Tag Archives: knife

Finished Seax style shortsword

I finished up the sword I was making for my Grandfather but totally forgot to take photos! Luckily I visited a couple of months later and was able to take some quick shots.

The biggest challenges of this sword were the handle details. The entire thing is knife carved, and the gold leaf was really tricky to apply and in the end I had to touch it up with a liquid gold suspension. Something I look forward to mastering one day!

I really like how it came out, it has the slightly garish look I associate with the Dark Ages! The scabbard is a little on the simple side, but it did get a small tassel for bling:

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The first post on making this bad boy: Large Seax Style Shortsword -Hotforged

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Large Seax Style Shortsword -Hotforged

Another gift, I made a seax styled shortsword for my grandfather. I decided to do a seax both because I love the blade style and because my grandparents live in Sussex, home of the Southern Saxons for whom the seax is named.

I had a bit more time on my hands than usual, at least at the start of the project, so I decided to forge the distal taper into the blade rather than grind it out. As seaxes have a really unusual taper where the thickest point is towards the tip of the blade, this would allow me to make that area extra thick and give a real dynamism to the feel of the finished weapon.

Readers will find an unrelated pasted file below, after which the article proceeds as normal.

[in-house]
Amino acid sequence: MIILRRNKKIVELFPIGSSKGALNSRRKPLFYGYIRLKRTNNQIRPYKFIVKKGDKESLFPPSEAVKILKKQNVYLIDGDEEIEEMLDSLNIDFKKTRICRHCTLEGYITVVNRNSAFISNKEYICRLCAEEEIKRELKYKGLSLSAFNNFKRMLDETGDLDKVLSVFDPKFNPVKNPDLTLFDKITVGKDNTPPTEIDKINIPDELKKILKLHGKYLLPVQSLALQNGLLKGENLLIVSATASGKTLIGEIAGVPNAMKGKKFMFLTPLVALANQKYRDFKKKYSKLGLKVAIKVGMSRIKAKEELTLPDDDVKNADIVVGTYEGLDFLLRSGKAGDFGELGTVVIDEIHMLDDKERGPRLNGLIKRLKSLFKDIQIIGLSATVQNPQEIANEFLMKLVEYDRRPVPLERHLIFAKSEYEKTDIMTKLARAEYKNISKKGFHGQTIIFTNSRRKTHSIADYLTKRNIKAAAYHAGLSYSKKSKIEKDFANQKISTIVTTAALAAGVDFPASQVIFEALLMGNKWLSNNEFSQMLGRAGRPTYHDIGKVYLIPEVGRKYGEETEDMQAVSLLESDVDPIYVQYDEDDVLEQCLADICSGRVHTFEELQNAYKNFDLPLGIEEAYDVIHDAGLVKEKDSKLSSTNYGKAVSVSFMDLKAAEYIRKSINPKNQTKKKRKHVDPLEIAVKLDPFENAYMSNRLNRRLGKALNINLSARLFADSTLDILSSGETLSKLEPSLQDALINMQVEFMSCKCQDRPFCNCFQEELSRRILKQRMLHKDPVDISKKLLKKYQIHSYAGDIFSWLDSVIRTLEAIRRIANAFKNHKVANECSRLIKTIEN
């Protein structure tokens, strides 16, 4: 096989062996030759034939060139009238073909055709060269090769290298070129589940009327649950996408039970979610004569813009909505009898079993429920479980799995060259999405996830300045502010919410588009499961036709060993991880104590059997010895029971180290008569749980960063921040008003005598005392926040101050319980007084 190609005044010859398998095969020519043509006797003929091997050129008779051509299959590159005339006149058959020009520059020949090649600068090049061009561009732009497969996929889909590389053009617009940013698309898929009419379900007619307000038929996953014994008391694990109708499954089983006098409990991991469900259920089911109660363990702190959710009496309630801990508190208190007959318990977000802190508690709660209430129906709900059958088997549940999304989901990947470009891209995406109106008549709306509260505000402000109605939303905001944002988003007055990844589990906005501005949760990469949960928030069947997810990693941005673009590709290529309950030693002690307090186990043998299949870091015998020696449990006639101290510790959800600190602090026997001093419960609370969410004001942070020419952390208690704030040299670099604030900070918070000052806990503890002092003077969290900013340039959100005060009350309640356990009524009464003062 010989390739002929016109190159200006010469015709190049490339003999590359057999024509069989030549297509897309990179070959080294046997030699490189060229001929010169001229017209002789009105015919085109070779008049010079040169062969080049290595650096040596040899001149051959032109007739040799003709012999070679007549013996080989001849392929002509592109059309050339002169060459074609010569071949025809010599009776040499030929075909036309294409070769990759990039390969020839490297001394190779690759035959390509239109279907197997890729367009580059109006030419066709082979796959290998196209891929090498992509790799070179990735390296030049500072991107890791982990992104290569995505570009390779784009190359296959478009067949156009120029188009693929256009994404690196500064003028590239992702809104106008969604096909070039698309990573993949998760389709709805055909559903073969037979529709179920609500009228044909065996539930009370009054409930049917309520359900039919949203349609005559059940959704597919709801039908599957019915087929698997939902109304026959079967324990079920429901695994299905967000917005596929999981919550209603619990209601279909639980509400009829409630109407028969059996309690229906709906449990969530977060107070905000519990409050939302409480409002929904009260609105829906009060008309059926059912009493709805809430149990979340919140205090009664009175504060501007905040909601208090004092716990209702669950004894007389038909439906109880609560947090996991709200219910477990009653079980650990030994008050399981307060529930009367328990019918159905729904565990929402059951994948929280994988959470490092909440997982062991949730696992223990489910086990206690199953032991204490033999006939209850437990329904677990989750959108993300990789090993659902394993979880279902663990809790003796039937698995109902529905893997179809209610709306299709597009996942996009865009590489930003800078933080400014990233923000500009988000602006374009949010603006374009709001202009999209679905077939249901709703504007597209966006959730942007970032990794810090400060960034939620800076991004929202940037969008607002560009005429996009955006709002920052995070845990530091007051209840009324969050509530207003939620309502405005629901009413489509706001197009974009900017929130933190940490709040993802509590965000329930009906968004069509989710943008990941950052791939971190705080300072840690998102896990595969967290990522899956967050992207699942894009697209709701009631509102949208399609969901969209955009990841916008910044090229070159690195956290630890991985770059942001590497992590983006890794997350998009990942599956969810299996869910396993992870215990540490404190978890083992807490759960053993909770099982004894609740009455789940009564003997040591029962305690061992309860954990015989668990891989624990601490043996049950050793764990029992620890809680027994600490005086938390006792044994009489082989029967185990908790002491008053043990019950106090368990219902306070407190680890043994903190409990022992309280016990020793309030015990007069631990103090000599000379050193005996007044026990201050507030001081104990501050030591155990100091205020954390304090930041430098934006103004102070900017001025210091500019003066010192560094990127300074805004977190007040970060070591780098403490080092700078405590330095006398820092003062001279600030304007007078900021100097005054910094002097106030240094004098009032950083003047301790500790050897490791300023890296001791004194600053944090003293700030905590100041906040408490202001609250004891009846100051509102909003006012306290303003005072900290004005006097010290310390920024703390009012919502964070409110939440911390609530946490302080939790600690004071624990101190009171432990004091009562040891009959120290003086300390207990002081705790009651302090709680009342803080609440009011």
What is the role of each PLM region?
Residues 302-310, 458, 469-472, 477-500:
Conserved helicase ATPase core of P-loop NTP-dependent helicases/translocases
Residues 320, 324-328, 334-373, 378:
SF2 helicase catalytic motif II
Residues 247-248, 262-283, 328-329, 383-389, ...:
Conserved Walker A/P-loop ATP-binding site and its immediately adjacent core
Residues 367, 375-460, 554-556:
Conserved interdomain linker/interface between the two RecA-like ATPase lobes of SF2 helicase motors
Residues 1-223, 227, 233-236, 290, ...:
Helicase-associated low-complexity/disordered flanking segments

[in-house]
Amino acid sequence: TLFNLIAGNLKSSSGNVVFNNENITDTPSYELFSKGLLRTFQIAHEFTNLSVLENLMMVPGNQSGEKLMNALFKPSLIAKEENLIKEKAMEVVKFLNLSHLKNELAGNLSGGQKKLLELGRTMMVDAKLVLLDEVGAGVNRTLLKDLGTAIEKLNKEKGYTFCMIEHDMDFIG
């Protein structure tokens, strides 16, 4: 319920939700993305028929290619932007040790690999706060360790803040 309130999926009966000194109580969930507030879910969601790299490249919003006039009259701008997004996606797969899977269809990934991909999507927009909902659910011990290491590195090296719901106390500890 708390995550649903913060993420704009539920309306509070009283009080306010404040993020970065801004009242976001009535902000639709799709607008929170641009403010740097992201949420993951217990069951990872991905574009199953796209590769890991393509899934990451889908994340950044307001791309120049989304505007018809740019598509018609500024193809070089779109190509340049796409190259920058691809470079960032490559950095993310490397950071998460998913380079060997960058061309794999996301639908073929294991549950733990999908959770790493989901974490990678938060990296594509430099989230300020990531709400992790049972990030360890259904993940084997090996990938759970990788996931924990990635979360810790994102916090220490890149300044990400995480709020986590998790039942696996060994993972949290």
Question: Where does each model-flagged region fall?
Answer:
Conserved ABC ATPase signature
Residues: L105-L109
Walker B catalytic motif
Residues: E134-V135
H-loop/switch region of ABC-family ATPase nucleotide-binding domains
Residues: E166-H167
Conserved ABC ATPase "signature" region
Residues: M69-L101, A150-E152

I cut a bar to the approximate edge taper I wanted and through precise hammering moved the bulk of the metal of the blade from the base up to the tip, ending up with about 3mm thickness at the handle and about 1cm at the tip. Here is a little forging montage, starting with the rough cut bar and ending with the pointed and tapered blade. Because of the unusual section, it doesn’t appear to change much but in each photo the blade curves a little more as the edge is thinned and the spine thickens.

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So here is the finished rough blade. I gave it a quick cleanup on the belt grinder, turned off the lights and heated the forge up to quenching temperature:

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After quenching and tempering the blade I spent a few days profiling and detailing the handle. These pictures were taken in the early stages of work as I burnt the blade into the handle to get tight fit. This is a bit of a tricky operation as if you push too hard or too fast the handle will split but if you go too slow it will char a huge hole in the centre and the handle will not fit. Practice and a tolerance for acrid smoke are a necessity!

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Here the handle is fitted, and I could continue with the carving without fear that I would put hours of work into it only to have it crack as I fitted it! In the end I removed the rounded end and covered the whole surface in basket-weave knotwork  stained to an almost ebony shade. The raised bands were then covered with gold leaf which was a pain in the a**e but gave a great and gaudy look that I think is appropriate for a blade from the dark ages.

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I don’t have any pictures of the finished sword but I’m hoping my Grandfather will take some glamour shots for me as he is an amazing photographer and it would be nice to have some better pictures than my phone can produce!

Edit: Finished sword: Finished Seax style shortsword

Tolkienesque Leaf Shaped File Knife

I love fantasy literature. Pretty much every swordsmith I have ever met loves fantasy literature. Not, perhaps, a huge surprise but it is really nice to meet up with people who whilst being very practical are also massive geeks.